I have a strong appreciation and admiration for textile guilds. Their members join to foster community and learning around textile crafts like weaving, spinning, and knitting, to name just a few. Their existence is important to the preservation of craft traditions, both through member workshops and community demonstrations, offering others an exposure to making.
Guilds for skilled craftsmen began in Medieval Europe with the mission of working collectively toward skill standards, political clout, and control of competition. Some descriptions of early guilds asserted that to become a member, one had to submit completed textile projects for acceptance by the guild as evidence of skill in the textile craft.
As a member of my local weaving and textile arts guild, I’ve had the privilege to read original meeting minutes, often handwritten, from the organization’s inception in 1937 through today. During the guild’s early years, potential members had to submit weavings for approval to become full members. This practice was eventually abandoned to allow makers of all skill and interest levels to become members. That is the desire of guilds today - to invite all to participate.
In my role with June Cashmere, I enjoy telling our story virtually and in-person to guild groups. Most recently, I spent a few hours on a beautiful Saturday with our local knitters and crocheters guild at their spring retreat. This group of individuals embody community and learning through the love of their crafts, knitting and crochet.
It was my first in-person talk since before Covid so I admit, I was feeling just a bit anxious about being with people again. But the minute I walked in the door, I was met with warmth. One member’s son was there that day to ensure that all the technology pieces were in working order for my talk. We likely would have watched my presentation on my laptop if it hadn’t been for him navigating the smart board and PowerPoint downloads to get my talk where it needed to be.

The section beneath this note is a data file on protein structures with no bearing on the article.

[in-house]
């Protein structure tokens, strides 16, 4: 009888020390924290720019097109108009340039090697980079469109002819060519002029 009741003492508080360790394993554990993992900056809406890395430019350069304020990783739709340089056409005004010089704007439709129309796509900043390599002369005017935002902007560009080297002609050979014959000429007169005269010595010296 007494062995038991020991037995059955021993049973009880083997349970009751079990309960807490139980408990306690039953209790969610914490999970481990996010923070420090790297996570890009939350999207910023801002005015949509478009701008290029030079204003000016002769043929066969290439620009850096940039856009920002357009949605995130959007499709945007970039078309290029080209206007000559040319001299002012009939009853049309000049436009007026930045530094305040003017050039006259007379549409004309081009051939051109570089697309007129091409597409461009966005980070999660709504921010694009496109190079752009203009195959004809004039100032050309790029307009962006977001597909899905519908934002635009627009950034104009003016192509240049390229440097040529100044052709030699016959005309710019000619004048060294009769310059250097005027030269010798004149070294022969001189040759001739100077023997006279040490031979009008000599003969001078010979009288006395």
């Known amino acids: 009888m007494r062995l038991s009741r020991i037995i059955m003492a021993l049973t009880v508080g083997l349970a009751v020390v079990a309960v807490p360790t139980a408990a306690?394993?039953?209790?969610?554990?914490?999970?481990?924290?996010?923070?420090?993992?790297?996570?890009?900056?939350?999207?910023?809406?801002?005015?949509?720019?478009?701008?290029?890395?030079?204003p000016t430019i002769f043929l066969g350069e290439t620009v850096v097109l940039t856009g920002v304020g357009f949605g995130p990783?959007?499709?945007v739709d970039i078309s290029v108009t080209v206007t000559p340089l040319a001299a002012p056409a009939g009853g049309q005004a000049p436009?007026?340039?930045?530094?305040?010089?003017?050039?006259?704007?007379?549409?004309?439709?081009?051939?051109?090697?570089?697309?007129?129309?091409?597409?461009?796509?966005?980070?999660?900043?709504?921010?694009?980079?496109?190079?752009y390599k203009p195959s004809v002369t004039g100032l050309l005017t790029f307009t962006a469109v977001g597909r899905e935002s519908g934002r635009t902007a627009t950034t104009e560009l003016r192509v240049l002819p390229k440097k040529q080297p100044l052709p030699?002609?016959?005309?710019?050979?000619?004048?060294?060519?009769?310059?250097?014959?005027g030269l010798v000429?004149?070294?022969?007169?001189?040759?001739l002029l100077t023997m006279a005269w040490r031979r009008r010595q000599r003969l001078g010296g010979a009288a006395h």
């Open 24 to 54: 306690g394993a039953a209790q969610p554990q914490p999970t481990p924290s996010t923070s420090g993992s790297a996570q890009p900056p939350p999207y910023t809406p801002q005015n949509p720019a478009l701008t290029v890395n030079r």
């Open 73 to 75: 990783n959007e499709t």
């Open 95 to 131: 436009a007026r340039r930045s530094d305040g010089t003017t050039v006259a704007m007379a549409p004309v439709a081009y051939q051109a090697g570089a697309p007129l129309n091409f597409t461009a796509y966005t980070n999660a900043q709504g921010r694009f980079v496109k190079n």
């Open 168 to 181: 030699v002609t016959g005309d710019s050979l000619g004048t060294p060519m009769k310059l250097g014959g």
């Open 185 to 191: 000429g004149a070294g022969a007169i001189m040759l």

As I walked around, the members were busy working on their varied individual and group projects. Collectively, they were getting ready for a local Juneteenth celebration where they were to have a demonstration table. Some were crocheting hats in Kwanza colors (red, black, and green). One member showed me bags of lovely, donated yarn and explained that the group had purchased crochet hooks so that at their demonstration table, they could teach anyone interested how to crochet. They were preparing to share their craft, to ignite in others creative possibility. They were doing the work of a guild, fostering community and learning through their craft.
After my talk, the group invited me to eat with them. They had prepared an utterly delicious and varied potluck, because you know, creative sorts extend their artistry to food, too. In many cultures, eating together is one of the most important acts of community and sociality. This act of community did not disappoint.
As if these grass root manifestations of community weren’t heartwarming enough, in thanks to me for my program that day, one of the members presented me with a gift – a coiled, cloth basket filled with fine chocolates and a shawl she had knit. Yes, a shawl she had knit. I am still awed by her gesture, her act of giving herself - her time, her skills, her resources - to a complete stranger. I suspect this member understood that as a fellow maker, I would understand her gift. She is correct. Her gift is not lost on me as I will wear it often with joy, remembering its maker and considering it a symbol of the importance of guilds.
Beautiful hand knit shawl given to me by guild member.